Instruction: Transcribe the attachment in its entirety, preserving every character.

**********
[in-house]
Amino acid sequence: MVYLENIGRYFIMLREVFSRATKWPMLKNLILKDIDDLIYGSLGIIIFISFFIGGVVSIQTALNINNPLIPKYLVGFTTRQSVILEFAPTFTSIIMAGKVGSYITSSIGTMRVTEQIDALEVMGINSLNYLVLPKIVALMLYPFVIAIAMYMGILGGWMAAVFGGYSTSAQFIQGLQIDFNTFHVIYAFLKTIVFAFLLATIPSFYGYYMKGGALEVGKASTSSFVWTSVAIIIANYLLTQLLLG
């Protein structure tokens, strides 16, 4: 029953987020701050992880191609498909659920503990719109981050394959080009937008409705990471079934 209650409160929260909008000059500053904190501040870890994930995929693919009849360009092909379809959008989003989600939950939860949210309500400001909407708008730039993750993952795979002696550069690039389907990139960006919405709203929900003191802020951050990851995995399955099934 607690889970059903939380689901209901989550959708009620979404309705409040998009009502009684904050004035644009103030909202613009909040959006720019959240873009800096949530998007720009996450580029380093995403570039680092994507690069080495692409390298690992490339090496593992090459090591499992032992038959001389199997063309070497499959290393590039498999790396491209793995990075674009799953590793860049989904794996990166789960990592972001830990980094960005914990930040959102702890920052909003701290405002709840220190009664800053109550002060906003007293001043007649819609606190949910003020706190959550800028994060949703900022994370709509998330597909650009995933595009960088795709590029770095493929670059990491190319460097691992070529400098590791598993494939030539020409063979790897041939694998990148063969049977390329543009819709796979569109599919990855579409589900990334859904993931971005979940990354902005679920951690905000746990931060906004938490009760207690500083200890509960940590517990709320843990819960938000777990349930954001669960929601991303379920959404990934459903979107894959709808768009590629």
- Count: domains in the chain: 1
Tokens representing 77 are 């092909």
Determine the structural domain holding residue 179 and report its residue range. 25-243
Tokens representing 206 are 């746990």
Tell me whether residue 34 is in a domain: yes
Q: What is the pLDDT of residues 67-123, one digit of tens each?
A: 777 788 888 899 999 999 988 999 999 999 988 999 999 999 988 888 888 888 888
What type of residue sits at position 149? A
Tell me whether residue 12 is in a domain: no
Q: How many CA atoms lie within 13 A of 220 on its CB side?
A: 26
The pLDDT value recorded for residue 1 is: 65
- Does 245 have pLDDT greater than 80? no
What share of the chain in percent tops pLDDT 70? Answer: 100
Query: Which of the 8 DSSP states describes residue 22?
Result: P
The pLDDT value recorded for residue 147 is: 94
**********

[in-house]
Amino acid sequence: MVYLENIGRYFIMLREVFSRATKWPMLKNLILKDIDDLIYGSLGIIIFISFFIGGVVSIQTALNINNPLIPKYLVGFTTRQSVILEFAPTFTSIIMAGKVGSYITSSIGTMRVTEQIDALEVMGINSLNYLVLPKIVALMLYPFVIAIAMYMGILGGWMAAVFGGYSTSAQFIQGLQIDFNTFHVIYAFLKTIVFAFLLATIPSFYGYYMKGGALEVGKASTSSFVWTSVAIIIANYLLTQLLLG
């Protein structure tokens, strides 16, 4: 029953987020701050992880191609498909659920503990719109981050394959080009937008409705990471079934 209650409160929260909008000059500053904190501040870890994930995929693919009849360009092909379809959008989003989600939950939860949210309500400001909407708008730039993750993952795979002696550069690039389907990139960006919405709203929900003191802020951050990851995995399955099934 607690889970059903939380689901209901989550959708009620979404309705409040998009009502009684904050004035644009103030909202613009909040959006720019959240873009800096949530998007720009996450580029380093995403570039680092994507690069080495692409390298690992490339090496593992090459090591499992032992038959001389199997063309070497499959290393590039498999790396491209793995990075674009799953590793860049989904794996990166789960990592972001830990980094960005914990930040959102702890920052909003701290405002709840220190009664800053109550002060906003007293001043007649819609606190949910003020706190959550800028994060949703900022994370709509998330597909650009995933595009960088795709590029770095493929670059990491190319460097691992070529400098590791598993494939030539020409063979790897041939694998990148063969049977390329543009819709796979569109599919990855579409589900990334859904993931971005979940990354902005679920951690905000746990931060906004938490009760207690500083200890509960940590517990709320843990819960938000777990349930954001669960929601991303379920959404990934459903979107894959709808768009590629």
- Count: domains in the chain: 1
Tokens representing 77 are 């092909």
Determine the structural domain holding residue 179 and report its residue range. 25-243
Tokens representing 206 are 């746990």
Tell me whether residue 34 is in a domain: yes
Q: What is the pLDDT of residues 67-123, one digit of tens each?
A: 777 788 888 899 999 999 988 999 999 999 988 999 999 999 988 888 888 888 888
What type of residue sits at position 149? A
Tell me whether residue 12 is in a domain: no
Q: How many CA atoms lie within 13 A of 220 on its CB side?
A: 26
The pLDDT value recorded for residue 1 is: 65
- Does 245 have pLDDT greater than 80? no
What share of the chain in percent tops pLDDT 70? Answer: 100
Query: Which of the 8 DSSP states describes residue 22?
Result: P
The pLDDT value recorded for residue 147 is: 94